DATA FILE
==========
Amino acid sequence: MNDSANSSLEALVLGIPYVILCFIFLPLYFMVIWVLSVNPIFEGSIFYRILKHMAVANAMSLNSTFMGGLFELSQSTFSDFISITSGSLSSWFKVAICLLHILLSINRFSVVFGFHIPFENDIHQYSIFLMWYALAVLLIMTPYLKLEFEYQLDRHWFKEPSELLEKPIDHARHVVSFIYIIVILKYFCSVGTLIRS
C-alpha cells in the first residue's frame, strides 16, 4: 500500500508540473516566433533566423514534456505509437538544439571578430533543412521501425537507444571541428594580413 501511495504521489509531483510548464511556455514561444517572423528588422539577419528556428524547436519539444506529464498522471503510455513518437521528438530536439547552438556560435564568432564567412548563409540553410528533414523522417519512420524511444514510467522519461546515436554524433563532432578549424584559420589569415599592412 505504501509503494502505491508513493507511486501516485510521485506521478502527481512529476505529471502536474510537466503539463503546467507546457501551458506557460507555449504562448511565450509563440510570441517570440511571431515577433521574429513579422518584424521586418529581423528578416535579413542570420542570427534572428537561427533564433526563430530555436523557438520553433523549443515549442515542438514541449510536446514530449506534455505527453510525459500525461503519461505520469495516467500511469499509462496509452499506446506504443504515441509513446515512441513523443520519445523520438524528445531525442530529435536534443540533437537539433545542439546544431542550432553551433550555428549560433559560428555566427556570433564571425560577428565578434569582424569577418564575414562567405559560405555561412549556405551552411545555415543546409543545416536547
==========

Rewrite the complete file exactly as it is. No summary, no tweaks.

Amino acid sequence: MNDSANSSLEALVLGIPYVILCFIFLPLYFMVIWVLSVNPIFEGSIFYRILKHMAVANAMSLNSTFMGGLFELSQSTFSDFISITSGSLSSWFKVAICLLHILLSINRFSVVFGFHIPFENDIHQYSIFLMWYALAVLLIMTPYLKLEFEYQLDRHWFKEPSELLEKPIDHARHVVSFIYIIVILKYFCSVGTLIRS
C-alpha cells in the first residue's frame, strides 16, 4: 500500500508540473516566433533566423514534456505509437538544439571578430533543412521501425537507444571541428594580413 501511495504521489509531483510548464511556455514561444517572423528588422539577419528556428524547436519539444506529464498522471503510455513518437521528438530536439547552438556560435564568432564567412548563409540553410528533414523522417519512420524511444514510467522519461546515436554524433563532432578549424584559420589569415599592412 505504501509503494502505491508513493507511486501516485510521485506521478502527481512529476505529471502536474510537466503539463503546467507546457501551458506557460507555449504562448511565450509563440510570441517570440511571431515577433521574429513579422518584424521586418529581423528578416535579413542570420542570427534572428537561427533564433526563430530555436523557438520553433523549443515549442515542438514541449510536446514530449506534455505527453510525459500525461503519461505520469495516467500511469499509462496509452499506446506504443504515441509513446515512441513523443520519445523520438524528445531525442530529435536534443540533437537539433545542439546544431542550432553551433550555428549560433559560428555566427556570433564571425560577428565578434569582424569577418564575414562567405559560405555561412549556405551552411545555415543546409543545416536547